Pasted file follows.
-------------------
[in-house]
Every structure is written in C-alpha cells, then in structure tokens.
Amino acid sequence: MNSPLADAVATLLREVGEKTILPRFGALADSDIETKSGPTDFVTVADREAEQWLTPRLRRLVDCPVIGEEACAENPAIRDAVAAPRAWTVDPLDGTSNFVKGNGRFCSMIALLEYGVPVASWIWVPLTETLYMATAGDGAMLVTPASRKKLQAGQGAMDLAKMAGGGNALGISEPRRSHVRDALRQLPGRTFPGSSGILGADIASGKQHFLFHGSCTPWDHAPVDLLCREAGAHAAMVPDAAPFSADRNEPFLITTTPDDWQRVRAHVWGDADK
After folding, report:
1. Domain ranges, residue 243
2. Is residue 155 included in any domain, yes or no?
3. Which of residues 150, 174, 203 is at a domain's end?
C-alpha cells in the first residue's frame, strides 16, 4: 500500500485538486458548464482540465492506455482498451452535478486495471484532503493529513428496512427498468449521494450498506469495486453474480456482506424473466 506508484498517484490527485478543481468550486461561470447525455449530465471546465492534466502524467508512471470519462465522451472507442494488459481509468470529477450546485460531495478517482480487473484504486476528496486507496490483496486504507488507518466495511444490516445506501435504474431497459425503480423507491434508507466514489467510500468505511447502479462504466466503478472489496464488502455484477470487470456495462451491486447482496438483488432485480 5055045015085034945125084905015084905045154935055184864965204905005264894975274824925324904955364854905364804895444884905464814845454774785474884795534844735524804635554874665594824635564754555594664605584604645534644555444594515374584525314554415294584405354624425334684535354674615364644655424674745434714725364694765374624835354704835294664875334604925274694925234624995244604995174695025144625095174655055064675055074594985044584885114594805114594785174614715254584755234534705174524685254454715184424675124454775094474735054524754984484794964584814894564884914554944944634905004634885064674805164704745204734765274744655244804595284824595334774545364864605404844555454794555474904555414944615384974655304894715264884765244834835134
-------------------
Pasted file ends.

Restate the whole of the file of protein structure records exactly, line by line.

[in-house]
Every structure is written in C-alpha cells, then in structure tokens.
Amino acid sequence: MNSPLADAVATLLREVGEKTILPRFGALADSDIETKSGPTDFVTVADREAEQWLTPRLRRLVDCPVIGEEACAENPAIRDAVAAPRAWTVDPLDGTSNFVKGNGRFCSMIALLEYGVPVASWIWVPLTETLYMATAGDGAMLVTPASRKKLQAGQGAMDLAKMAGGGNALGISEPRRSHVRDALRQLPGRTFPGSSGILGADIASGKQHFLFHGSCTPWDHAPVDLLCREAGAHAAMVPDAAPFSADRNEPFLITTTPDDWQRVRAHVWGDADK
After folding, report:
1. Domain ranges, residue 243
2. Is residue 155 included in any domain, yes or no?
3. Which of residues 150, 174, 203 is at a domain's end?
C-alpha cells in the first residue's frame, strides 16, 4: 500500500485538486458548464482540465492506455482498451452535478486495471484532503493529513428496512427498468449521494450498506469495486453474480456482506424473466 506508484498517484490527485478543481468550486461561470447525455449530465471546465492534466502524467508512471470519462465522451472507442494488459481509468470529477450546485460531495478517482480487473484504486476528496486507496490483496486504507488507518466495511444490516445506501435504474431497459425503480423507491434508507466514489467510500468505511447502479462504466466503478472489496464488502455484477470487470456495462451491486447482496438483488432485480 5055045015085034945125084905015084905045154935055184864965204905005264894975274824925324904955364854905364804895444884905464814845454774785474884795534844735524804635554874665594824635564754555594664605584604645534644555444594515374584525314554415294584405354624425334684535354674615364644655424674745434714725364694765374624835354704835294664875334604925274694925234624995244604995174695025144625095174655055064675055074594985044584885114594805114594785174614715254584755234534705174524685254454715184424675124454775094474735054524754984484794964584814894564884914554944944634905004634885064674805164704745204734765274744655244804595284824595334774545364864605404844555454794555474904555414944615384974655304894715264884765244834835134